Many people who avoid gluten find that they also need or want to avoid dairy. Perhaps this is you, or perhaps you’re considering this type of lifestyle. This article will go into more about why you might want to avoid both gluten and dairy, and also how to make the process feel a bit less daunting.
What is Gluten?
Before we get into the discussion, let’s review what gluten is and how it can be a problem for some people.
Gluten is a type of protein found in the endosperm of grains. While gluten is most commonly associated with the grains wheat, barley, and rye, the reality is that all grains contain a type of gluten.
Gluten is found in all types of food and beverages. Most commonly, gluten is found in bread and baked goods. It is the “glue” that holds these items together and gives them a stretchy quality. However, gluten hides in all types of food and supplements, from condiments and sauces to medications and beverages. With the rise of processed foods, gluten is increasingly added to food items that many people consume on a daily basis.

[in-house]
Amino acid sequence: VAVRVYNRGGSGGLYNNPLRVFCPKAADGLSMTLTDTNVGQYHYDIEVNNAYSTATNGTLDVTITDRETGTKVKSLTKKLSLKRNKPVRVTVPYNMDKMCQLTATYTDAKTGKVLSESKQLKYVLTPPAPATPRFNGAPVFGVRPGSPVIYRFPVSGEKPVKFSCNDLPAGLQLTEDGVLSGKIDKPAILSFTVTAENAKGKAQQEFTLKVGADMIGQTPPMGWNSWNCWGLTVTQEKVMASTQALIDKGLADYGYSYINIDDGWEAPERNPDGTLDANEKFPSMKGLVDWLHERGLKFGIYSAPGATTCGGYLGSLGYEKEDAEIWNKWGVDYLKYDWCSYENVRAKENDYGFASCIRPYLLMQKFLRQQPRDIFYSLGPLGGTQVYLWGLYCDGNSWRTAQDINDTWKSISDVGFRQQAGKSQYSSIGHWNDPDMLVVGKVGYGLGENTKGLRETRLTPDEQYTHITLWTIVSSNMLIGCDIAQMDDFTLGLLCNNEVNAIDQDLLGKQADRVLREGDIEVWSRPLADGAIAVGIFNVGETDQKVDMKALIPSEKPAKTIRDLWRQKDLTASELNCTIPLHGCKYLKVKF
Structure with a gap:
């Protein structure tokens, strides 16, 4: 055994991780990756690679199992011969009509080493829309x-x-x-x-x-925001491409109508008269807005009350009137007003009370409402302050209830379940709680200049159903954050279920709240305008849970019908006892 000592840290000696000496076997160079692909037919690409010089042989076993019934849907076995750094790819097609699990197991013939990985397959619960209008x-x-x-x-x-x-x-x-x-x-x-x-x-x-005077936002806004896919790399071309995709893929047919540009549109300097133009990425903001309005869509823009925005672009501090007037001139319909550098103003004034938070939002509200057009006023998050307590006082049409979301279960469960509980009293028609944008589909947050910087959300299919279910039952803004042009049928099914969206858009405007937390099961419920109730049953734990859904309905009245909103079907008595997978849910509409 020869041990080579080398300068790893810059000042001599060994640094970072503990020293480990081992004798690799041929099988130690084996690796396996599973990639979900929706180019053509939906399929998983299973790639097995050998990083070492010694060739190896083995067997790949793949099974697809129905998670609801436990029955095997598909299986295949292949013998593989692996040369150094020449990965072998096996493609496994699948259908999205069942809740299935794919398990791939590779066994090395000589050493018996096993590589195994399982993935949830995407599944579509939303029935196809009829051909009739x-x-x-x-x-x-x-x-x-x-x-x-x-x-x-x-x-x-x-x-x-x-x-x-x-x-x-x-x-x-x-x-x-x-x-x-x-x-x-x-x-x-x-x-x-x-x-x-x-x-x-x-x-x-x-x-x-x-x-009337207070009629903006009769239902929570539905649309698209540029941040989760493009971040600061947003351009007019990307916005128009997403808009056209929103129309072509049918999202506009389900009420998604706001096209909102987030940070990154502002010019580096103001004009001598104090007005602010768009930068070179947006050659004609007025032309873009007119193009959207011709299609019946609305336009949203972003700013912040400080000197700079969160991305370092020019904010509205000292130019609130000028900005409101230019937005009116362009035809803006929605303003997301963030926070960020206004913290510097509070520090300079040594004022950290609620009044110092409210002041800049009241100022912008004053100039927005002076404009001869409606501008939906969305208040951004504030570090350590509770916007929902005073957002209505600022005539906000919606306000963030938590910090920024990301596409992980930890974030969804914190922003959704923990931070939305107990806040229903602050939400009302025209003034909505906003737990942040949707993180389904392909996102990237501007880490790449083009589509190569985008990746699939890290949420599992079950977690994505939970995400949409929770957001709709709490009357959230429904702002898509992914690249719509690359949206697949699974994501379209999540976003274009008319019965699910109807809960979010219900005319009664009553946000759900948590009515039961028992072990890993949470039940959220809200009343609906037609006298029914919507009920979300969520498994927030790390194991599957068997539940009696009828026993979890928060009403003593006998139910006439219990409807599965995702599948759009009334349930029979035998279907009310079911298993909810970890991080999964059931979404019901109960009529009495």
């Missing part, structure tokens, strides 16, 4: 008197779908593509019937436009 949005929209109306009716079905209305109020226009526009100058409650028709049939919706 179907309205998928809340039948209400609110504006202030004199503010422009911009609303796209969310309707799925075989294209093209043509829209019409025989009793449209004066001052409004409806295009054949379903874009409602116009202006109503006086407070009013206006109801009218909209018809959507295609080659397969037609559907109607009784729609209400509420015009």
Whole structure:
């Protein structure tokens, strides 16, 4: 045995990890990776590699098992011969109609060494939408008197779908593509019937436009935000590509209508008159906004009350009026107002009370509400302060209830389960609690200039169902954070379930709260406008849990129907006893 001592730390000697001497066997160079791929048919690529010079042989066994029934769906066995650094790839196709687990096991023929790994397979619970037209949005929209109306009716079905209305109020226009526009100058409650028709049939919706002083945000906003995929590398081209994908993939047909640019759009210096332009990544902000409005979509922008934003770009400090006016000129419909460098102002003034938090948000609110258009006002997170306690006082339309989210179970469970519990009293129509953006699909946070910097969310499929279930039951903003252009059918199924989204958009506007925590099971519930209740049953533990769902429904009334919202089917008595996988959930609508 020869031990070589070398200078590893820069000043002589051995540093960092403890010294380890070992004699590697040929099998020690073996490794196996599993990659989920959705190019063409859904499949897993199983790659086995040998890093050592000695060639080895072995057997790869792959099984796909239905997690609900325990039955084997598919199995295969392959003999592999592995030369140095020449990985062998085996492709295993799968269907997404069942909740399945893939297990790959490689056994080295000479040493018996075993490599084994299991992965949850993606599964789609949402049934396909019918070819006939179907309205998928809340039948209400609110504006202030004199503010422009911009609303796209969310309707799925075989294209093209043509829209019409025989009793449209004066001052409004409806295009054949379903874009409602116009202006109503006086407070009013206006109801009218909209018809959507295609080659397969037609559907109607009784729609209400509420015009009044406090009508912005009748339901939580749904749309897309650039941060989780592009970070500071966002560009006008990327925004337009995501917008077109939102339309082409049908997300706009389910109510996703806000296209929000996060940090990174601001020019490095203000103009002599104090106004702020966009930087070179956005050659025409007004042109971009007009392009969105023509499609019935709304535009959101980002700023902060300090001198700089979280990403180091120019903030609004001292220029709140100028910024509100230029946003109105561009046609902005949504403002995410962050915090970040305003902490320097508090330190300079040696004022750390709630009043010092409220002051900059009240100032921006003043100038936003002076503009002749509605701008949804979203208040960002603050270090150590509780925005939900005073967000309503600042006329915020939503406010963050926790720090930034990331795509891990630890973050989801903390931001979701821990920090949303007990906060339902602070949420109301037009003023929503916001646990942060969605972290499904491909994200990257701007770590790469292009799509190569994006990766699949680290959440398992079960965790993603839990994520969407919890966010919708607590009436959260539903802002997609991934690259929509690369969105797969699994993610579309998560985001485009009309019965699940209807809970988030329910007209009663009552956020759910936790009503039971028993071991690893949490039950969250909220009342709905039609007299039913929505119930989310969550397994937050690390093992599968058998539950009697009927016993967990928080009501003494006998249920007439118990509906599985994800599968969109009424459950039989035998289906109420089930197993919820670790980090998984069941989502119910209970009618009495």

Those with celiac disease need to avoid gluten in order to manage their autoimmune condition and support their gut health and inflammation. However, many others may want to go gluten free, such as those with non celiac gluten sensitivity or those with other autoimmune disease or gastrointestinal conditions. As gluten is inherently inflammatory and difficult to digest, many find that their gut health and overall health improves when they remove gluten from their diets. This article discusses some symptoms that might indicate that a gluten free diet is right for you.
What is Dairy?
The term dairy refers to the milk produced by mammals. Most commonly, dairy refers to products made with cow’s milk. However, dairy may also refer to other types of milk like goat’s milk and sheep’s milk.